CISL advances science in FY2015

By Brian Bevirt
01/20/2016 - 4:15pm
Hurricane Sandy simulation
CISL’s Data Analysis and Visualization (DAV) environment enables scientific workflows by providing UCAR’s research community with state-of-the-art systems tailored for the specialized needs of parallel data post-processing, analysis, and visualization. This unprecedentedly high-resolution WRF simulation of Hurricane Sandy was created on CISL’s Geyser cluster with CISL’s VAPOR software. This 500-meter simulation visualized at two angles revealed features previously unseen in other coastal cyclones, such as a surface-based warm jet that propagates as fast as wind speed. Producing hundreds of terabytes of data, this simulation demanded substantial DAV resources for analysis.

NCAR’s Computational and Information Systems Laboratory (CISL) provides world-class service, science, and education for the Earth System sciences research community via a wide range of ongoing projects and innovations. CISL manages NCAR’s unique supercomputing and data services tailored to the atmospheric, geospace, and related science communities that include thousands of researchers at hundreds of universities. CISL also produces broader impacts in the community by providing leadership in high performance computing and diversifying the nation’s research workforce. CISL’s FY2015 Annual Report highlights its most recent contributions and successes in all of these areas.

CISL’s top accomplishments in FY2015 included conducting the NWSC-2 supercomputing procurement for a multi-petaflops supercomputer to replace the Yellowstone system at the NCAR-Wyoming Supercomputing Center (NWSC) in 2017. During this process, CISL worked with scientific, business, and technical experts from across NCAR and UCAR to determine the best value from among the various offerings to enhance our communities’ scientific productivity for the next four years.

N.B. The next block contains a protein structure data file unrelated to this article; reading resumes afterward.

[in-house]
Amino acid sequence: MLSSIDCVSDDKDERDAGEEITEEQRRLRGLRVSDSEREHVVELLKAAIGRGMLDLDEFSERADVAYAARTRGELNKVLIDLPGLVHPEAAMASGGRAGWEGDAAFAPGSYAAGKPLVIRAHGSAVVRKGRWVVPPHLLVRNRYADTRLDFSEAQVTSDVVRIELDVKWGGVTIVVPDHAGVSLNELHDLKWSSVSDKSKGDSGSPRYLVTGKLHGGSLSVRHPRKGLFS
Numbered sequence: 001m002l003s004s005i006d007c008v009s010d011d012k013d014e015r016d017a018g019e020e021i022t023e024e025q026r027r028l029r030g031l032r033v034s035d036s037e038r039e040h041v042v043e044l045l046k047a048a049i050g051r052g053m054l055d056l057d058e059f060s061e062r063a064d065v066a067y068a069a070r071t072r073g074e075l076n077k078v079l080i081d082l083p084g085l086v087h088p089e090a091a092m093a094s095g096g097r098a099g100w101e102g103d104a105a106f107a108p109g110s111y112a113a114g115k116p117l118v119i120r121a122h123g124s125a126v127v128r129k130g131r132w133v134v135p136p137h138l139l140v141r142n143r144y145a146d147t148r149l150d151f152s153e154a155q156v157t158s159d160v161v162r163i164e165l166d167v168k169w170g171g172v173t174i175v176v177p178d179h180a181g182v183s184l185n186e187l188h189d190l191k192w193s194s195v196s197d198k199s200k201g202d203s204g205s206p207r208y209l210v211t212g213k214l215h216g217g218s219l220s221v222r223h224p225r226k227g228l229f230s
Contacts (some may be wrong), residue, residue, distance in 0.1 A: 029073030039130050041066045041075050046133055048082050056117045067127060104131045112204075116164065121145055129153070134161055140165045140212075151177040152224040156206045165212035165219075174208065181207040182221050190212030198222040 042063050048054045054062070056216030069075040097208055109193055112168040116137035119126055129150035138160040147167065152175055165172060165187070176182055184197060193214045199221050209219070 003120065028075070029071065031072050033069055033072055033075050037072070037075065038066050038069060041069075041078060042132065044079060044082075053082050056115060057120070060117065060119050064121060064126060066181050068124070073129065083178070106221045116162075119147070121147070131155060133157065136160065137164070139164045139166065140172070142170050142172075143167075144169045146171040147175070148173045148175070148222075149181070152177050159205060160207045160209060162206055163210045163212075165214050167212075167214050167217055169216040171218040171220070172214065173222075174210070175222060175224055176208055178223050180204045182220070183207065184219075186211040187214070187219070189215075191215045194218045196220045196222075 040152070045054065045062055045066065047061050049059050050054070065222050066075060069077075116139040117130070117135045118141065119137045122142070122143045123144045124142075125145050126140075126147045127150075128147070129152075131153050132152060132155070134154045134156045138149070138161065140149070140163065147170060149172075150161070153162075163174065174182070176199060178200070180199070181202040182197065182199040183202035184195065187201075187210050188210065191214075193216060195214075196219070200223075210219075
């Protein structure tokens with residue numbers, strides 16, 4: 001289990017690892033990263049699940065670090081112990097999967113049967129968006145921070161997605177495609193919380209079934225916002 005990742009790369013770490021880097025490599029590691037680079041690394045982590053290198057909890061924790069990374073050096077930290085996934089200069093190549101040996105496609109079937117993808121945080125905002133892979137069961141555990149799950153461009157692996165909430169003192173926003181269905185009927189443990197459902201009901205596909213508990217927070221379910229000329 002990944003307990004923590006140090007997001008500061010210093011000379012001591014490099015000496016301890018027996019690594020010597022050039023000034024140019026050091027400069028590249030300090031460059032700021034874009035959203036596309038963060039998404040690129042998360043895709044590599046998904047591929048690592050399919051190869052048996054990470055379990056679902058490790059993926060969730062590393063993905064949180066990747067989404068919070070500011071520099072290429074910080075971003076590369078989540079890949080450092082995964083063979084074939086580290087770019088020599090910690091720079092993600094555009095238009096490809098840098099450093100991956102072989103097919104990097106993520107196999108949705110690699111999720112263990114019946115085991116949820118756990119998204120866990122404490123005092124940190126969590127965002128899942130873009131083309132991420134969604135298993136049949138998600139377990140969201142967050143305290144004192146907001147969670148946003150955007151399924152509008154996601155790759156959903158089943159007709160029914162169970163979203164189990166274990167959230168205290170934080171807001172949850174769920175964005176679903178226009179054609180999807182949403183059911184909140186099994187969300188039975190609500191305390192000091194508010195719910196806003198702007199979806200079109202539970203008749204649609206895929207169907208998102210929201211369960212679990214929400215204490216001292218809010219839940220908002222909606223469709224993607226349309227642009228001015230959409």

Significant progress was made to speed up scientific workflows as well as data analysis and visualization software. The fall 2015 release of The Community Earth System Model (CESM) for the first time includes parallel data workflow tools: pyAverager and pyReshaper were developed by CISL scientists and engineers. Continuing the theme of Python integration, the NCAR Command Language (NCL) graphics software had new releases that included Python tools. Further, a new version of CISL’s highly efficient 3D visualization tool VAPOR, the Visualization and Analysis Platform for Ocean, Atmosphere, and Solar Researchers, was downloaded by more than 2,000 researchers.

CISL again provided leadership within NCAR by co-leading the NCAR-wide Data Stewardship and Engineering Team, whose goal is to define cross-NCAR data management engineering practices that lead to a better integration of NCAR’s data services. Also in collaboration with scientists from across NCAR, CISL co-led the creation of an NCAR Data Assimilation Initiative that defined a coordinated path forward that builds on the software framework provided by CISL’s Data Assimilation Research Testbed (DART).

SIParCS extern